Fission Stories #137: Seabrook? Nope. See, Broke

May 21, 2013 | 6:00 am
Dave Lochbaum
Former Contributor

The Seabrook nuclear plant in New Hampshire is located near the Atlantic Ocean. Large pipes extend offshore to draw in seawater to cool plant equipment. Because an earthquake might damage this piping, the plant has a cooling tower onsite near the Unit 1 containment building. Unlike the iconic concrete chimneys often associated with nuclear plants, Seabrook has a mechanical draft evaporative cooling tower. Motor-driven fans force air upward past warm falling water. The air cools the water which in turn is piped throughout the plant to cool safety equipment.

Water collects in the bottom of the cooling tower. The plant’s operating license includes a regulatory limit requiring the cooling tower basin’s water level to be at least 42.15 feet above mean sea level. Two separate instruments monitor the water level in the basin and transmit that information to the control room.

On November 2, 2012, operators in the control room noticed that one instrument (SW-LI-6139) showed the basin’s water level to be about one foot below the indication on the second instrument (SW-LI-6129). Both instruments monitor the same thing – water level in the cooling tower basin – and should provide the same result. Workers checked two other indications – a control room chart recorder and a plant computer point. These indications matched the value from SW-LI-6129, so they determined that instrument SW-LI-6139 was reading incorrectly.

On December 7, 2012, workers determined that the cooling tower basin’s level was below the minimum limit of 42.15 feet and took measures to add water to the basin until the level rose above that limit.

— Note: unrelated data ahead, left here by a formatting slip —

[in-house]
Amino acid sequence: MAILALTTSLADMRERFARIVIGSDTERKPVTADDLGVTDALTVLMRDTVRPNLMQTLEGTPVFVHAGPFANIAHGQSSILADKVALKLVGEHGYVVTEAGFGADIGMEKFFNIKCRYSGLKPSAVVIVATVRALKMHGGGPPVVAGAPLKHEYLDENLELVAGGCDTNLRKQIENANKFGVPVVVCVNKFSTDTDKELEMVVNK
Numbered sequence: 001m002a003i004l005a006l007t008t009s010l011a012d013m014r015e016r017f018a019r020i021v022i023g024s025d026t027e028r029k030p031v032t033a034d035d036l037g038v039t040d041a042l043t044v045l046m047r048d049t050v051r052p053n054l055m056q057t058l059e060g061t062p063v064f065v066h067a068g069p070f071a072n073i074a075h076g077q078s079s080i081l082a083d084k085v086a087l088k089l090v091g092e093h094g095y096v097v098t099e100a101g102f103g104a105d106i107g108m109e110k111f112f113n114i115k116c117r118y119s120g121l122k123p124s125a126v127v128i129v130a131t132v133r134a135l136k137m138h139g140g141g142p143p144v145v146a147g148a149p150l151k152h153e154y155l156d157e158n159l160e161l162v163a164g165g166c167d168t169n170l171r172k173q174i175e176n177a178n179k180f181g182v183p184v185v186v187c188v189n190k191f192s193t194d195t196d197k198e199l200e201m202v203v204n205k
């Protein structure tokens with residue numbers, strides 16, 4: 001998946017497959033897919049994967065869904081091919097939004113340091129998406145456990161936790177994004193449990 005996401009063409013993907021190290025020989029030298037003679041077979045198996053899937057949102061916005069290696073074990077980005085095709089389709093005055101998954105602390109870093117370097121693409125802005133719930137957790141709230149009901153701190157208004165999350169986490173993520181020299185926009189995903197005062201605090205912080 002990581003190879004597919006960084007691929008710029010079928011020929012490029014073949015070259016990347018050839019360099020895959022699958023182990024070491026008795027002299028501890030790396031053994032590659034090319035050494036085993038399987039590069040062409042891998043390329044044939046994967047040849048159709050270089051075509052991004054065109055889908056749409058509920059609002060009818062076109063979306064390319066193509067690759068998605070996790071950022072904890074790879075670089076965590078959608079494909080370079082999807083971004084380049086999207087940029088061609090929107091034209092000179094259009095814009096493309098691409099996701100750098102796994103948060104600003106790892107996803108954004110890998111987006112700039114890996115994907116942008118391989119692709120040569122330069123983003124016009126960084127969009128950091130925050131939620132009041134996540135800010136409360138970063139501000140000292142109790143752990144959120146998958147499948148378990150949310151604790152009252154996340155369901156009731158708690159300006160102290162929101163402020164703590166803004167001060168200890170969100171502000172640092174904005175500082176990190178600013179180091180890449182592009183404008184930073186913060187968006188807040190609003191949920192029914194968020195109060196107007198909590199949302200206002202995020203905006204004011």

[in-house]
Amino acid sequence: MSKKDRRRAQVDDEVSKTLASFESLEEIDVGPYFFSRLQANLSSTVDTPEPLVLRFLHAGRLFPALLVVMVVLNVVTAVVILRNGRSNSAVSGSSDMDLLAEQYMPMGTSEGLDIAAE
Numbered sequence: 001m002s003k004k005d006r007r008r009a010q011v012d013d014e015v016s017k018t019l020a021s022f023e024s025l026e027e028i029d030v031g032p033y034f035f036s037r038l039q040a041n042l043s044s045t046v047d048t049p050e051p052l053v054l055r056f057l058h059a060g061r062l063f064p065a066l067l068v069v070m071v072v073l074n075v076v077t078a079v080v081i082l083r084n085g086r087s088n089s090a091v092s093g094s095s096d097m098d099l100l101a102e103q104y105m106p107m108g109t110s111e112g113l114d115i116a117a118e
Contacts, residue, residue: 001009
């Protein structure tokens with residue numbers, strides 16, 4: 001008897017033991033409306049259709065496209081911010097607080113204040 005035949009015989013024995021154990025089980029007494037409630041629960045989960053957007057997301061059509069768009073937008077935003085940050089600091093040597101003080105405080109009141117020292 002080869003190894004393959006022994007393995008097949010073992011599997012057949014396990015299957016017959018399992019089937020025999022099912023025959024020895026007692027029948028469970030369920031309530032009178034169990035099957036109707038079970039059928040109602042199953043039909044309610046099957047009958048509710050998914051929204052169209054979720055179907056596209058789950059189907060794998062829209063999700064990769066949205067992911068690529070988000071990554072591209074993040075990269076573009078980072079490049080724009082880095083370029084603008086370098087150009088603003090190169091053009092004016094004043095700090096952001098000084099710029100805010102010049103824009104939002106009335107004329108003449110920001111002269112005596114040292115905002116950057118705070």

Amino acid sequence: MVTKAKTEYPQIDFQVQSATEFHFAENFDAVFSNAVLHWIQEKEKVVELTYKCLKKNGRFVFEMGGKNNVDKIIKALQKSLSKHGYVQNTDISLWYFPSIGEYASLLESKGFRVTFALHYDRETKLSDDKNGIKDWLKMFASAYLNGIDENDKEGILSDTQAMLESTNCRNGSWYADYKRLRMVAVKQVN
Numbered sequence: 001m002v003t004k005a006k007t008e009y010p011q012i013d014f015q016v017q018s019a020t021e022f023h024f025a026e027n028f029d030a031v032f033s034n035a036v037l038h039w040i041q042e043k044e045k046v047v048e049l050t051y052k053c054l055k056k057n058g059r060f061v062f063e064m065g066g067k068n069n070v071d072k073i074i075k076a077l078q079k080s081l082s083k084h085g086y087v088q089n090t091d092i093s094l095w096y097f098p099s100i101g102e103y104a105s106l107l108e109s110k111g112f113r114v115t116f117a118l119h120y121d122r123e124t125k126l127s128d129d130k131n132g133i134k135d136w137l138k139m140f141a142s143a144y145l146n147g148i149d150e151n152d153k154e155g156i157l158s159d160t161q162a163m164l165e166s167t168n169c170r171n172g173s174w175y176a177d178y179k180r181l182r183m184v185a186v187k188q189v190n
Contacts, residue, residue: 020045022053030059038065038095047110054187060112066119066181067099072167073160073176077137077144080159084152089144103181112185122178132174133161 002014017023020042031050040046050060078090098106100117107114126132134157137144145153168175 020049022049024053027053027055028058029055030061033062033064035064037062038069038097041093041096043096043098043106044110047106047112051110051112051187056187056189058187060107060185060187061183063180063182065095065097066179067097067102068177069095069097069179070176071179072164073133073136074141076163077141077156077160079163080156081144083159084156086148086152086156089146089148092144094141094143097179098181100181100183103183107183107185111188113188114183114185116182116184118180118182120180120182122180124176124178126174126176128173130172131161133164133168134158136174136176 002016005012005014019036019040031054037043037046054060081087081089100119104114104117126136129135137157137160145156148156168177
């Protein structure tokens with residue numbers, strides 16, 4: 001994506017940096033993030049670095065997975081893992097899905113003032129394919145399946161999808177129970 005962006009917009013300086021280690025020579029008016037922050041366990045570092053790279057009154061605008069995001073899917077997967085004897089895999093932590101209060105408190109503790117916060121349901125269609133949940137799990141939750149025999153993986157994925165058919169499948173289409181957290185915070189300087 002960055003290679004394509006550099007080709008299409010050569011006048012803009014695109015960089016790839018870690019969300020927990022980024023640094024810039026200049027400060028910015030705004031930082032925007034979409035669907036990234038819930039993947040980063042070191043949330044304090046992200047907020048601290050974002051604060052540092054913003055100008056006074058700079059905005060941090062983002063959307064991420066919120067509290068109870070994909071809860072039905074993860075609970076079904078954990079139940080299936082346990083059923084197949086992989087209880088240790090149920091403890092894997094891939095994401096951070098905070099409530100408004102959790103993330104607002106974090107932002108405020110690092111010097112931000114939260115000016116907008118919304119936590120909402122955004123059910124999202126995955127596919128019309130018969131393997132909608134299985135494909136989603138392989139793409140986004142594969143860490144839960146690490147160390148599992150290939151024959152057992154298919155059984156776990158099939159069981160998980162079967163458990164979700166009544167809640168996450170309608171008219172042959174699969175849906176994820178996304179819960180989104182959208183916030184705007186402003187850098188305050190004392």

Subsequent investigation determined that instrument SW-LI-6139 had been reading correctly all along and that instrument SW-LI-6129 had been providing falsely high indications.

They further found that the control room chart recorder and the computer received information from instrument SW-LI-6129.

Our Takeaway

The nuclear industry talks often about conservative decision-making. It entails erring on the side of caution when making choices. Two control room instruments monitoring the same parameter output different values. Conservative decision-making, if actually employed rather than meekly being bantered about, would assume the output providing the least safety margin – the lower of the two water level indications in this case – is valid until demonstrated otherwise.

But here, as in way too many other instances, workers used convenient decision-making and assumed the instrument showing the least safety margin was bad. And they compounded their initial poor decision-making by deciding not to check about their guess for over a month. Imagine their surprise upon finding that the “bad” reading was good and the “good” reading was actually bad. At the same time, they should have realized that their “good” decision-making was actually bad, very very bad.


“Fission Stories” is a weekly feature by Dave Lochbaum. For more information on nuclear power safety, see the nuclear safety section of UCS’s website and our interactive map, the Nuclear Power Information Tracker.